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Preliminary Report
Hurricane Cosme
17-22 July 1995

Miles B. Lawrence
National Hurricane Center
1 December 1995


PRELIMINARY REPORTS
Tropical Depression One-E
Hurricane Adolph
Hurricane Barbara
Hurricane Cosme
Tropical Storm Dalila
Tropical Storm Erick
Hurricane Flossie
Tropical Storm Gil
Hurricane Henriette
Hurricane Ismael
Hurricane Juliette


[1995 East Pacific Hurricane Season]

a. Synoptic History

This tropical cyclone can be traced to a cloud cluster that moved across Central America on 10 and 11 July. Moving westward, the cluster showed signs of a low-level circulation by the 15th and it became a depression on the 17th, about 350 n mi south-southeast of the southern tip of Baja California. The track of Cosme begins at this time and is plotted in Fig. 1 (38K GIF). Table 1 is a listing, every six hours, of position, maximum one-minute surface wind speed, and minimum central sea level pressure.

Movement was slow and toward the northwest from the 17th to the 20th, while the depression gradually strengthened to a 65-knot hurricane. Cosme then turned and moved a little faster toward the west-southwest and weakened. By the 22nd, only a swirl of low clouds remained, about 850 n mi west-southwest of the southern tip of Baja California.


b. Meteorological Statistics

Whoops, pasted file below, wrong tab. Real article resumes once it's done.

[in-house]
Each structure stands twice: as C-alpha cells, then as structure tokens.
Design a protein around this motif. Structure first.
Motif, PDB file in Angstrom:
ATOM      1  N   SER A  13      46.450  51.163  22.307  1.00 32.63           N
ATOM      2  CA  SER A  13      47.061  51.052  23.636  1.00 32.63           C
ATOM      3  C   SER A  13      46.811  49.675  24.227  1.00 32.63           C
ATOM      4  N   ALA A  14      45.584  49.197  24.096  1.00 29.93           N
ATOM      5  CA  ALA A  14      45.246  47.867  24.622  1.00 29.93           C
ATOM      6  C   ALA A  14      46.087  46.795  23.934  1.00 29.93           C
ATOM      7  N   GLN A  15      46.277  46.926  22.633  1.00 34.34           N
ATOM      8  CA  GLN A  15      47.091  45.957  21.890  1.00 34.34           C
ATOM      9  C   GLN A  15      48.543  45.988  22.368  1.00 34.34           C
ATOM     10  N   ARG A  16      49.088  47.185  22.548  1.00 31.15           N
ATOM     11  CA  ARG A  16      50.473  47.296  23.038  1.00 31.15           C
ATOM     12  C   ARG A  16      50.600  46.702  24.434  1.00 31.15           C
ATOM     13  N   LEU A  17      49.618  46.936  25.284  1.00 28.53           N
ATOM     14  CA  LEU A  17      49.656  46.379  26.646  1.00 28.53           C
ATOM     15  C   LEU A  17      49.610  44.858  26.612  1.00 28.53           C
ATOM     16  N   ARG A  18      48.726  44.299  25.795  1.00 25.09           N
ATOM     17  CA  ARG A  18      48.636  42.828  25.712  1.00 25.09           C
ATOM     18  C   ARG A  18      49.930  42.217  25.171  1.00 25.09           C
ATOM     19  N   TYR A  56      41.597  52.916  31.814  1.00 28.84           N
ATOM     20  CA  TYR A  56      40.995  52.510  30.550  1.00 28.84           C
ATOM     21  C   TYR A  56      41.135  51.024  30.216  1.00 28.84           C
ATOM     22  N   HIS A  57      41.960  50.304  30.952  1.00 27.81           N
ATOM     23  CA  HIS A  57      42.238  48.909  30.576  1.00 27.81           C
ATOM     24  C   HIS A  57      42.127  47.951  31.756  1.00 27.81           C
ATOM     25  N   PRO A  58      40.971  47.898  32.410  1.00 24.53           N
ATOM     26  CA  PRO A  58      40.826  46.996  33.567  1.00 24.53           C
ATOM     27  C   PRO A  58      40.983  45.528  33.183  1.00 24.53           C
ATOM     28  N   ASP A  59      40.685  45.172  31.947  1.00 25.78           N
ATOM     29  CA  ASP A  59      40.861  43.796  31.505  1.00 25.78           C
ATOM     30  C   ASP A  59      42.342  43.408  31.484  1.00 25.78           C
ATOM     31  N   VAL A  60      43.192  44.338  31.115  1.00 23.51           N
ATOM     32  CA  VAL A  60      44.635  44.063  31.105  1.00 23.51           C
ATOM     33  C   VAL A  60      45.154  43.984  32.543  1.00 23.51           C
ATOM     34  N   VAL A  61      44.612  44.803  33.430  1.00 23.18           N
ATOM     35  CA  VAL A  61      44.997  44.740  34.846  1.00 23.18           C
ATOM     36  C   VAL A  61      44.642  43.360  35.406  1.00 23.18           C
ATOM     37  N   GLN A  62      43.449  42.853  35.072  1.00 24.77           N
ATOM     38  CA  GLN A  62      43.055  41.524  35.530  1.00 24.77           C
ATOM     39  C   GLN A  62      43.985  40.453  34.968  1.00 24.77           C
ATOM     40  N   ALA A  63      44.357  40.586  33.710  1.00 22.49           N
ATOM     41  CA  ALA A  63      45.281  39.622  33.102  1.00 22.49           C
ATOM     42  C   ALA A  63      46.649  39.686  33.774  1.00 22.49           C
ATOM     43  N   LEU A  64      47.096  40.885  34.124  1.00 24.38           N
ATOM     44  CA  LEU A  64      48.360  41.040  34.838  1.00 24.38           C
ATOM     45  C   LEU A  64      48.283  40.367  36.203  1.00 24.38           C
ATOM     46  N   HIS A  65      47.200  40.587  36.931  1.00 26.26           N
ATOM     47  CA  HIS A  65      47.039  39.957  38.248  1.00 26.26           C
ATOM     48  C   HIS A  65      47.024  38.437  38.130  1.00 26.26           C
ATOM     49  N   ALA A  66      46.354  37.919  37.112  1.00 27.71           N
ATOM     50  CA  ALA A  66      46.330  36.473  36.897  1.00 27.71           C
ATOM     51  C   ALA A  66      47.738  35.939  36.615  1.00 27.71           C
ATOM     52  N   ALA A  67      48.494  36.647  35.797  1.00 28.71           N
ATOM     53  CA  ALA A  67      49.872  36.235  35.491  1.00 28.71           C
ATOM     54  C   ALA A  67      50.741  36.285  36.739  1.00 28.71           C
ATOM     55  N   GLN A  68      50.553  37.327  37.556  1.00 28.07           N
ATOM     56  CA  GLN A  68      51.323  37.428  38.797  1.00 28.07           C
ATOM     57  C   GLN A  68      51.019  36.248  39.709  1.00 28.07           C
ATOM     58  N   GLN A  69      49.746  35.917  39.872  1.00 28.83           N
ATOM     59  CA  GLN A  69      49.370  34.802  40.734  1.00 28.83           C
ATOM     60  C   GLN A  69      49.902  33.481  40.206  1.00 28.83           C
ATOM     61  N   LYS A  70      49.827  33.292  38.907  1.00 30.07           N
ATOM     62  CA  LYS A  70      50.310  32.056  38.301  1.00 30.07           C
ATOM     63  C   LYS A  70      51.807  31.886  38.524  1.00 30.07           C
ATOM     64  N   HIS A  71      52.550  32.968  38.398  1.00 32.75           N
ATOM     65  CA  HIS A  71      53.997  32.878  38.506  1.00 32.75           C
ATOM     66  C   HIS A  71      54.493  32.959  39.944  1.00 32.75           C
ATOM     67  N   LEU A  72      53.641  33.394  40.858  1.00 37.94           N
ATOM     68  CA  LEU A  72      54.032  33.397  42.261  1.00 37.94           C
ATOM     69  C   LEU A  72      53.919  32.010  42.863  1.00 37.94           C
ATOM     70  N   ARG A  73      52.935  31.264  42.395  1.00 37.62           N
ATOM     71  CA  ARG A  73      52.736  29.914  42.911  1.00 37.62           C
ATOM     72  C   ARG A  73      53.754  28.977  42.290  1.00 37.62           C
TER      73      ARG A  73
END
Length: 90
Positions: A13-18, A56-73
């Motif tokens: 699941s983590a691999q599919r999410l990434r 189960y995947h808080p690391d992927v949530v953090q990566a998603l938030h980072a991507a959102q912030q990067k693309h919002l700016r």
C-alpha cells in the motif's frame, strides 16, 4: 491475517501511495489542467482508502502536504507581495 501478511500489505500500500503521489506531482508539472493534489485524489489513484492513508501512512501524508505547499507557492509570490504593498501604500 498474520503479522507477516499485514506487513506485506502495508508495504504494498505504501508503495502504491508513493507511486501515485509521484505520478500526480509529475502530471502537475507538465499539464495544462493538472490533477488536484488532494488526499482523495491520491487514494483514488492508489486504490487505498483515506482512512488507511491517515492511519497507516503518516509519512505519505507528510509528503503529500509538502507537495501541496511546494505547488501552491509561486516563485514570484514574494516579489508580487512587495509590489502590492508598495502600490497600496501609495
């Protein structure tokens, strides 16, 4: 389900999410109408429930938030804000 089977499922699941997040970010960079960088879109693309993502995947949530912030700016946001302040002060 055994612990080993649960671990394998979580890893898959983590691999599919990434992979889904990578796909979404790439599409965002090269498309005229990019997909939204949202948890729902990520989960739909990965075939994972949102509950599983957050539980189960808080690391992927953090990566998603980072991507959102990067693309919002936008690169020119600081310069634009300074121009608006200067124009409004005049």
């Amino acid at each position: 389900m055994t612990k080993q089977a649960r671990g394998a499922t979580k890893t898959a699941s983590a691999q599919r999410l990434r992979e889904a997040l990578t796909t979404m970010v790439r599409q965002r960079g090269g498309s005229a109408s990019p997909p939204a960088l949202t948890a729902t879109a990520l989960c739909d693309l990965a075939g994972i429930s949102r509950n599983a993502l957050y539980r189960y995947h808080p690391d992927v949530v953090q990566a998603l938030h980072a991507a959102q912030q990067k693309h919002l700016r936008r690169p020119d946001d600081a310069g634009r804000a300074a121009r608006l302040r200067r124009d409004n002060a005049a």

Figures 2 (24K GIF) and 3 (26K GIF) show the curves of minimum sea-level pressure and maximum one-minute wind speed as a function of time, along with the data on which they are based. All of the data in both figures are estimates from satellite imagery using the Dvorak method.

A ship was located about 60 n mi east of the center of Cosme at 1800 UTC on the 18th and reported a sustained wind speed of 15 knots and 1006.1-mb pressure. At this time, satellite-based wind speed estimates from both the Tropical Analysis and Forecast Branch and from the Satellite Analysis Branch were 45 kts. One might normally expect 35-knot winds to extend out to 60 n mi from the center of a tropical storm, unless it tiny. Cosme was not tiny.

This suggests considerable uncertainty in the determination of the maximum sustained wind in a tropical cyclone.


c. Casualty and Damage Statistics

Cosme did not affect land and there are no casualties or damage.


d. Forecast and Warning Critique

Average track forecast errors for Cosme range from 84 n mi at 24 hours to 188 n mi at 48 hours to 319 n mi at 72 hours. These errors are somewhat higher than the long-term errors for the eastern Pacific basin and were influenced by the turn on the 20th from northwestward to west-southwestward. Even after the turn occurred, the track guidance based on the steering from the Aviation global/spectral model insisted on a northwestward motion. The simple climatology-persistence model had smaller track errors than all of the guidance models and the official forecast.


 
Table 1. Track of Hurricane Cosme, 17 - 22 July 1995.
Date/Time
(UTC)
Position Pressure
(mb)
Wind Speed
(kt)
Stage
Lat. (°N)Lon. (°W)
17/000017.0108.1100725 Trop. Dep.
060017.2108.4100730"
120017.3109.0100630"
180017.5109.5100530"
18/000017.8109.8100430"
060018.1110.5100235Trop. Storm
120018.4111.2100040"
180018.8112.099750"
19/000019.3112.899555"
060019.7113.699355"
120020.2114.499060"
180020.8115.498765Hurricane
20/000021.5116.598565"
060021.7117.398565"
120021.8118.398760Trop. Storm
180021.6119.499150"
21/000021.4120.699640"
060021.2121.7100235"
120021.0122.8100530Trop. Dep.
180020.8124.0100825"
22/000020.6125.0100925"
0600     dissipated
 
20/000021.5116.598565 minimum pressure



Brian Maher
Jack Beven

Last updated January 2, 1999